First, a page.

However, the Pentagon has engaged in book burning of its own in the recent past, burning copies of the Bible as “trash” in Afghanistan for fear that some soldier might engage in evangelism. As a Defense Department spokesman, Lt. Col. Mark Wright, told CNN:
The decision was made that it was a "force protection" measure to throw them away, because, if they did get out, it could be perceived by Afghans that the U.S. government or the U.S. military was trying to convert Muslims,
Since all such “trash” is to be burned in Afghanistan, soldiers burned the Bible for the sake of “force protection.”
Therefore, burning Bibles is deemed “good” by the government, if it keeps Jihadists from having one more excuse to do what they were going to do anyway, and intimidating American citizens to keep them from burning copies of the Koran is deemed “good” by the government, if it keep Jihadists from having one more excuse to do what they were going to do anyway.
To burn, or not to burn — that is a question where the Pentagon waits on Islamic extremists to give them the answer.
Now, it would seem that the government’s propensity for intellectual pyromania will no longer be confined to questions regarding the holy books of the two largest religions in the world. “National security” is once again being invoked as the defense for destroying the entire first edition of a book. According to a CNN report:
The Department of Defense recently purchased and destroyed thousands of copies of an Army Reserve officer's memoir in an effort to safeguard state secrets, a spokeswoman said Saturday.
"DoD decided to purchase copies of the first printing because they contained information which could cause damage to national security," Pentagon spokeswoman Lt. Col. April Cunningham said.
In a statement to CNN, Cunningham said defense officials observed the September 20 destruction of about 9,500 copies of Army Reserve Lt. Col. Anthony Shaffer's new memoir "Operation Dark Heart."
Shaffer says he was notified Friday about the Pentagon's purchase.
"The whole premise smacks of retaliation," Shaffer told CNN on Saturday. "Someone buying 10,000 books to suppress a story in this digital age is ludicrous."
Given the Defense Department’s gargantuan budget, the tens of thousands of dollars expended on buying up, and destroying, the entire print run of a book is relatively trivial. What is astounding is the mental imagery of the government shoveling thousands of books into an incinerator to suppress the release of information which Shaffer's superiors had already cleared for release, and which the Pentagon must assume was probably already compromised the moment the book was sent to the printing presses.
According to the CNN report:
Shaffer's lawyer, Mark Zaid, said earlier this month that the book was reviewed by Shaffer's military superiors prior to publication.
"There was a green light from the Army Reserve Command," Zaid told CNN.
But intelligence agencies apparently raised objections when they received copies of the book.
The Pentagon contacted St. Martin's Press in early August to convey its concerns over the release of the book. According to the publisher, at that time the first printings were just about to be shipped from its warehouse. Shaffer said he and the publisher worked hard "to make sure nothing in the book would be detrimental to national security."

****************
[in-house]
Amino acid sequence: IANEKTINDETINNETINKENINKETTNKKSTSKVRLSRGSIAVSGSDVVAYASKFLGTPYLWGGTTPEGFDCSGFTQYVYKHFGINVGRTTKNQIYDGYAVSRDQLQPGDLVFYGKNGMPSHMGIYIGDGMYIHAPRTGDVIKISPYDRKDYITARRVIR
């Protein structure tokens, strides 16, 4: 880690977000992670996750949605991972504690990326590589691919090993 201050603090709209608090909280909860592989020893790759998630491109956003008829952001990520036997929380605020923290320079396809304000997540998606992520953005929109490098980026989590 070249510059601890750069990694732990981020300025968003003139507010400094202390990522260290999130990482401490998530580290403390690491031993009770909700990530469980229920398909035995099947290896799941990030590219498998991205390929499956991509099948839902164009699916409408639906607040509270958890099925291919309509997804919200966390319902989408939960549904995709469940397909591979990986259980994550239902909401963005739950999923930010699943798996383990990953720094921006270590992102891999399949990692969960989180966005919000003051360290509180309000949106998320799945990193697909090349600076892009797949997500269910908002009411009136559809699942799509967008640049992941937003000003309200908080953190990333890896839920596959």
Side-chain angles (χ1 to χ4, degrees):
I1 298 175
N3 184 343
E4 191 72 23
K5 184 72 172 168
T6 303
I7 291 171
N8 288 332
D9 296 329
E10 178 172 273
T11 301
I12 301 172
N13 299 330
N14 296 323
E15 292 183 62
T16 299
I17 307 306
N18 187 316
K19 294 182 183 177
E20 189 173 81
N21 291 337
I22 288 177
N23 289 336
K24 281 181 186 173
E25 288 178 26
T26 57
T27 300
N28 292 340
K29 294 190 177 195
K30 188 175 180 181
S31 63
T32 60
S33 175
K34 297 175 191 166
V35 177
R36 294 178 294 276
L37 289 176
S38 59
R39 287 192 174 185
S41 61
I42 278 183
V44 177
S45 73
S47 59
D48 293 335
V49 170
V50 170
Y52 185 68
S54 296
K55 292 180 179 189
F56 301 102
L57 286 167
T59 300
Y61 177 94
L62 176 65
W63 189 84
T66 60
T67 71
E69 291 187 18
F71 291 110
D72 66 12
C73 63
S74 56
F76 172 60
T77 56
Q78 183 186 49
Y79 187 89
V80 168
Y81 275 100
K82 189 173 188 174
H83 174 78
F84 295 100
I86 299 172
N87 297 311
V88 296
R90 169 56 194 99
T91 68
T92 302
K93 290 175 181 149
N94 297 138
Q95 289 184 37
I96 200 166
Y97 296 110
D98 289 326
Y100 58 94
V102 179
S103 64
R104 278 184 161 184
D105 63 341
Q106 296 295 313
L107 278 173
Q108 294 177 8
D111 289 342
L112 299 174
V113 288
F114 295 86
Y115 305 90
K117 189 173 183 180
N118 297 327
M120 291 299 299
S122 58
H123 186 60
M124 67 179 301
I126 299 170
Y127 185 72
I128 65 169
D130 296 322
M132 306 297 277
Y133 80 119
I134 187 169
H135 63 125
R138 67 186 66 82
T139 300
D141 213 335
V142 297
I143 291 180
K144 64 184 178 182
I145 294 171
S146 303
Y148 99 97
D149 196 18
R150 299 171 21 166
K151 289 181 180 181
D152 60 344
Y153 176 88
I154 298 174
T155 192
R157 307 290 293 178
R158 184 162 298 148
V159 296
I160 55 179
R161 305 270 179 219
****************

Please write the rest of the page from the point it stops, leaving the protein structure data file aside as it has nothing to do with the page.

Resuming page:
"When you look at what they took out (in the 2nd edition), it's lunacy," Shaffer said.
The Pentagon says Shaffer should have sought wider clearance for the memoir.
"He did clear it with Army Reserve but not with the larger Army and with Department of Defense," Department of Defense spokesman Col. David Lapan said earlier this month. "So he did not meet the requirements under Department of Defense regulations for security review."
Actually, one would expect that such a responsibility resided with Shaffer’s superiors, who apparently elected not to send the book any further up the chain of command.
One of the book's first lines reads, "Here I was in Afghanistan (redaction) My job: to run the Defense Intelligence Agency's operations out of (redaction) the hub for U.S. operations in country."
In chapter 15, titled "Tipping Point," 21 lines within the first two pages are blacked out.
In the memoir, Shaffer recalls his time in Afghanistan leading a black-ops team during the Bush administration. The Bronze Star medal recipient told CNN he believes the Bush administraton's [sic] biggest mistake during that time was misunderstanding the culture there.
Apparently they have misunderstood the culture here, as well, which recoils in disgust at the idea of the government burning books. Americans expect government-sponsored book burning to be a tactic of our enemies, not our own government.
With reports that copies of the first edition that escaped the flames are selling on popular internet auction sites, from a national security perspective, any information in the first edition has been compromised. In an age in which citizens expect scandals such as Climategate and Wikileaks to break because of the actions of whistleblowers and the ability of the Internet to quickly release information to a virtually worldwide audience, book burning as a means of information suppression is nineteenth century technology in a digital age.
Photo at top: Lt. Col. Anthony Shaffer listens as Rep. Curt Weldon, R-Pa., testifies on "Able Danger" and intelligence sharing prior to the Sept. 11 attacks before the Senate Judiciary Committee on Capitol Hill, Sept. 21, 2005. Shaffer was ordered by the Pentagon not to testify: AP Images